Let’s talk about justice. Not karma, that ineffectual slacker substitute whose “it all works out in the end, man” philosophy is akin to the suckers they give out at the doctor’s office. Nor am I speaking directly of the “monopoly of legitimate violence” that passes for the justice system. I’m talking about the better-in-theory-than-practice conception that underlies it, and the sense of righteousness it engenders.
Take Frank Castle, the titular character of Marvel Comics’ The Punisher, who was recently immortalized on celluloid, and now has his own video game. The backstory is that Castle’s wife and children were fatally wounded bystanders to a fierce gangland gun battle, and Castle subsequently swore revenge on all criminals. The dark embodiment of comic books’ underlying vigilante aesthetic, clad in a grim, black floor-length trench coat and his signature skull T-shirt, Castle is a remorseless killing machine. With nothing left to live for, he’s the Western equivalent of a suicide bomber, emboldened in his vigilante quest by a similar sense of righteousness.
Or is it egomaniacal indifference? The first line of the manual for the THQ game suggests, “this isn’t revenge … it’s punishment,” and, indeed, Castle’s attitude is as indiscriminate as Texas in applying his death sentences. Walking into a crack house, chop shop or mob bar, Castle rationalizes the coming carnage, reasoning nobody “decent” would be found there. “We just doing drugs, we’re not harming anybody,” one junkie exclaims, as Castle interrogates him by either choking him, putting a gun to his head, punching him, banging his face off the floor, or using the game’s special environmental techniques, such as putting a captive in the path of a charging rhino or in a cremation oven and turning up the heat.
If Castle seems brutal in his questioning, let me assure you that’s nothing compared to the game’s slaughter mode. Like Max Payne’s “bullet-time action,” the game slows down when Castle enters the time-delimited slaughter mode. Castle switches to his knives, with which you auto-lock on your targets and kill them with two throws from either hand — a handy, death-dealing skill in a room of assailants. Another feature allows you to quickly dispatch your enemies in cinematic cut-scenes when you’re within arm’s reach of them. During slaughter mode, these sometimes hilariously gruesome acts (tossing a guard and a grenade in a casket and closing the lid), become even more graphic, as Castle plunges his knives into various bodily apertures, or creates new ones. (So graphic, in fact, that the game company was forced to show slaughter mode in grainy, blurry black and white.)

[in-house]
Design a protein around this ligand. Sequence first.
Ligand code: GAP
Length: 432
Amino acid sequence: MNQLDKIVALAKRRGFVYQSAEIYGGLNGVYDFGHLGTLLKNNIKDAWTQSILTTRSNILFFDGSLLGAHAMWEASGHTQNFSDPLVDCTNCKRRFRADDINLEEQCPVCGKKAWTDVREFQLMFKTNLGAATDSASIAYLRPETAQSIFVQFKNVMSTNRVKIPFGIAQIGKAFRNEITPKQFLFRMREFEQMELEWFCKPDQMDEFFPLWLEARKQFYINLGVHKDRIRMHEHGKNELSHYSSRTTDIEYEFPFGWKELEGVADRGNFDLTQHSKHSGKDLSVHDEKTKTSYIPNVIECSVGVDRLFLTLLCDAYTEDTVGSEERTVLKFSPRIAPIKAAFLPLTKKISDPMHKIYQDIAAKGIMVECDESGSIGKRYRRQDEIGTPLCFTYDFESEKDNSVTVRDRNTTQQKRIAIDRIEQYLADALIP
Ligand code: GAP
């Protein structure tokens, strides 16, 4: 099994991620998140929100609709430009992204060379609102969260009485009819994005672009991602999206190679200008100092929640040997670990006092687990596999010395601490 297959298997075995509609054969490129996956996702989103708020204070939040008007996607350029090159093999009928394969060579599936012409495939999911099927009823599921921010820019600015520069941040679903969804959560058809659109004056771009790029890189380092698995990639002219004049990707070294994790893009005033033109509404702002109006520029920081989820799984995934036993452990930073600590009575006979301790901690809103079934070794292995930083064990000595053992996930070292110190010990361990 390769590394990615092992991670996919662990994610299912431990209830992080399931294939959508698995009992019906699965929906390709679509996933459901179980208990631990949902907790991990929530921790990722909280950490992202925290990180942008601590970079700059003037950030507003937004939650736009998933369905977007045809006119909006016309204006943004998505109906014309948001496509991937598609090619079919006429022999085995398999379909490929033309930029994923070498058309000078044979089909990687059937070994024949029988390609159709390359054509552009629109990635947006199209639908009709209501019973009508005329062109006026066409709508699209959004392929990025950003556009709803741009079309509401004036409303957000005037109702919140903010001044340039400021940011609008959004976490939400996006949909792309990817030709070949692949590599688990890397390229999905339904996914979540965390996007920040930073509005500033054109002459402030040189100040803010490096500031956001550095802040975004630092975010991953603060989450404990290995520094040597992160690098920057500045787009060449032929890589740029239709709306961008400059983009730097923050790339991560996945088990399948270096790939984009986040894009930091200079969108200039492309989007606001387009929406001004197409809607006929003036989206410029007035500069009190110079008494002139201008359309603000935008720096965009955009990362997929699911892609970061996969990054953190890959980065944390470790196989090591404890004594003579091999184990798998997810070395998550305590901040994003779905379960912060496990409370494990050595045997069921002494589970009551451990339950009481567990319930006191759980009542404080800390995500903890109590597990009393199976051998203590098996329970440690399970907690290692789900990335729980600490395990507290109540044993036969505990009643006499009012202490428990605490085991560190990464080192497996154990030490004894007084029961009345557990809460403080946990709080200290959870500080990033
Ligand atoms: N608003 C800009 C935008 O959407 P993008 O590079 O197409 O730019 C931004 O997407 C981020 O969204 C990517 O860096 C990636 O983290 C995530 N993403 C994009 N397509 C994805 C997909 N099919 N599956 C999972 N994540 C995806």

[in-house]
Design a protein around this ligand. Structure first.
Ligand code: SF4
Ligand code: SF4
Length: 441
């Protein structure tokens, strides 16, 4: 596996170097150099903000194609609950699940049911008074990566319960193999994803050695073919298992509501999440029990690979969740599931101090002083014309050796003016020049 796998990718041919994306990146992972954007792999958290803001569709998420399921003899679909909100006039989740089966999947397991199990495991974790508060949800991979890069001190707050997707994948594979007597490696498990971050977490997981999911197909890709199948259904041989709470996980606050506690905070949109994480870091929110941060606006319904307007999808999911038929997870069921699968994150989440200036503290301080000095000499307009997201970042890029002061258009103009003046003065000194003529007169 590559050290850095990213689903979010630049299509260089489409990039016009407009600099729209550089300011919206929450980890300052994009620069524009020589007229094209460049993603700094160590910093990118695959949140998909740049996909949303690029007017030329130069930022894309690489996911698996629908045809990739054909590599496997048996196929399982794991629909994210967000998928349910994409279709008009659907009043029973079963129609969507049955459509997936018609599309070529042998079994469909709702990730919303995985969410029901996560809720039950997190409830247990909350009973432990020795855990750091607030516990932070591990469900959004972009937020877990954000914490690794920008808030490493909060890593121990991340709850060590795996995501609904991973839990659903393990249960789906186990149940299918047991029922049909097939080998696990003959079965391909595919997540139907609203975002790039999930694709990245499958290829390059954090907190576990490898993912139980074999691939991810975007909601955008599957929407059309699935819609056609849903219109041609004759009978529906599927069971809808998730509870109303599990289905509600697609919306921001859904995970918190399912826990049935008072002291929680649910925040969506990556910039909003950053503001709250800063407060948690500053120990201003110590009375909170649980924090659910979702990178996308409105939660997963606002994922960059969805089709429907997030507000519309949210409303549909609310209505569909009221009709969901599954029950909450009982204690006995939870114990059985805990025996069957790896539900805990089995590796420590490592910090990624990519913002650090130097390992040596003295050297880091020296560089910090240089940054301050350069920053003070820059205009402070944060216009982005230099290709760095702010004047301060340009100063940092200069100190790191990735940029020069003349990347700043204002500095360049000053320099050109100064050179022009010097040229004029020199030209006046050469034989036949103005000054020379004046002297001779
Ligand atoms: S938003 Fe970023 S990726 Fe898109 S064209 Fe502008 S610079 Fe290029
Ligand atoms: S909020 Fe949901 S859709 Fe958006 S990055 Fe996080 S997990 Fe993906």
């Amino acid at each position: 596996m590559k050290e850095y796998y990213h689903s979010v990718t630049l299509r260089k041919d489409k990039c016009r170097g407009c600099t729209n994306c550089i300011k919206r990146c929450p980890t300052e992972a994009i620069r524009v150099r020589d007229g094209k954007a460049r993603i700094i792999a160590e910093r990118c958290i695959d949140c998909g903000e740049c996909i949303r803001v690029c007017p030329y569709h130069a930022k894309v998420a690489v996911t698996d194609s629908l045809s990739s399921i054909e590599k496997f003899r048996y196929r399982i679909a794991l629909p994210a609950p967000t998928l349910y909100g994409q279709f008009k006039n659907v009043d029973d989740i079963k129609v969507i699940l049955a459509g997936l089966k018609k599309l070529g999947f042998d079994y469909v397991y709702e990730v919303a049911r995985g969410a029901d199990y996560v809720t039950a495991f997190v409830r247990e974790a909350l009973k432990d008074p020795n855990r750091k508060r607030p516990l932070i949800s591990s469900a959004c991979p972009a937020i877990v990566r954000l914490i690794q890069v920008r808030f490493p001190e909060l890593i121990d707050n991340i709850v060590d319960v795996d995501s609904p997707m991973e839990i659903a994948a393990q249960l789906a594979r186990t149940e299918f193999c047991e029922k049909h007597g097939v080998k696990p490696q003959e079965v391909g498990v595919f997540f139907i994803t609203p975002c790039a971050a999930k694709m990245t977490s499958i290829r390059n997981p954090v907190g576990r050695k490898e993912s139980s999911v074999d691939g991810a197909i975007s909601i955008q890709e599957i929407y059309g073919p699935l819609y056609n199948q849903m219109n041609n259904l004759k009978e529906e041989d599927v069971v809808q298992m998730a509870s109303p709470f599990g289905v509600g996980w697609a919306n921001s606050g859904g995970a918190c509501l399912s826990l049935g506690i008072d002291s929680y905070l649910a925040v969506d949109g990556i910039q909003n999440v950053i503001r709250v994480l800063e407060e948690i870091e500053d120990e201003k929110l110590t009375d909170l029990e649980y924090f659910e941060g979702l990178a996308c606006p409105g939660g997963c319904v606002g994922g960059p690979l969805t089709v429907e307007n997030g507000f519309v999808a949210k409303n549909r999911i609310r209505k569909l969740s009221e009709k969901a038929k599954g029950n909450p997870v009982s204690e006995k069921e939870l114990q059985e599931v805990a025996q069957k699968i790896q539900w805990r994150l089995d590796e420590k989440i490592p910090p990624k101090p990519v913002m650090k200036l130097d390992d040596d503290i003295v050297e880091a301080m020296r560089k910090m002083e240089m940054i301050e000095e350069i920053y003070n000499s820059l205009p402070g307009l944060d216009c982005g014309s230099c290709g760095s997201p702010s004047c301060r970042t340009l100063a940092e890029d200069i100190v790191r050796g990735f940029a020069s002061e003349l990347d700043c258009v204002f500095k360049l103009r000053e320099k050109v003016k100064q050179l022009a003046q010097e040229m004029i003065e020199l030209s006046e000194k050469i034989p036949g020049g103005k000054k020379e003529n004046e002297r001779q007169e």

The Punisher’s game play is very similar to Golden Eye: Rogue Agent, with style-point rewards for kills, improved by the game’s incorporation of bonus multipliers awarded when you rack up kills without being shot yourself, thus encouraging stealth. To this end, using enemies as human shields is quite necessary. But if play mirrors the latest Golden Eye installment, the tone is more in keeping with Max Payne’s film noir, down to the character’s laconic, Sam Spade-style narration. This undertone works, and makes up for the game’s somewhat static environments and straightforward play.
The graphic violence of The Punisher is sure to disturb many, but far more discomfiting to the video basehead is the underlying attitude. Interestingly, the game ends if you shoot an innocent (your above-it-all righteousness punctured by guilt, presumably). Such black-and-white thinking is de rigueur for a game, but the story’s theme of vengeance and Castle’s zealotry strike eerily close to home.
In contrast, it’s a sense of appropriately swayable loyalties that makes Mercenaries (LucasArts) the thrilling fun-ride it is. If The Punisher’s extreme violence acquires the dark ambience of Scarface, then Mercenaries is the equivalent of a Road Runner cartoon, even though equally realistically rendered. Part of it is the game’s exaggerated physics, which helps make explosions even more spectacular, and the game’s many vehicles commensurately more difficult to handle. Did I say vehicles? From tanks to trucks to antiaircraft pods, the game’s wealth of acquirable machinery sometimes makes it feel like Grand Theft Auto.
Set in North Korea in the not-too-distant future, the government’s been overthrown by the military and General Choi Song has accelerated the country’s nuclear program, prompting China, South Korea and an Allied Nations task force to enter the country. As the title indicates, you play one of three mercenaries (each with particular skills), airdropped into the country to earn bounties on wanted North Korean government figures and pick up pay for other tasks for the various factions, which in return also provide needed intelligence (echoing the semi-nonlinear chore-based structure of GTA). You must be careful how you order the tasks, because they generally involve other factions. You don’t want to alienate any one faction so much as to ruin a profitable relationship, especially the Russian Mafia, which runs a black market for arms over the Internet, and air drops whatever you need — from APCs to air strikes. (You pay with money you earn from missions and blowing stuff up.)
Mercenaries’ largely open-ended structure and skin-deep loyalties ensure a playful time, though it doesn’t hurt getting paid to blow shit up. It’s not as thought-provoking as The Punisher, which effectively conveys the comic’s ambivalence toward Castle, and both rewards you for abetting his blood lust and raises questions about any single-minded quest. As such, the games operate under opposite moral imperatives — from Castle’s selfless, bloody reign of “justice” to Mercenaries’ best-deal loyalties. The lesson here seems to be that crime doesn’t pay, but war does, and handsomely.Chris Parker is a freelance writer. Send comments to firstname.lastname@example.org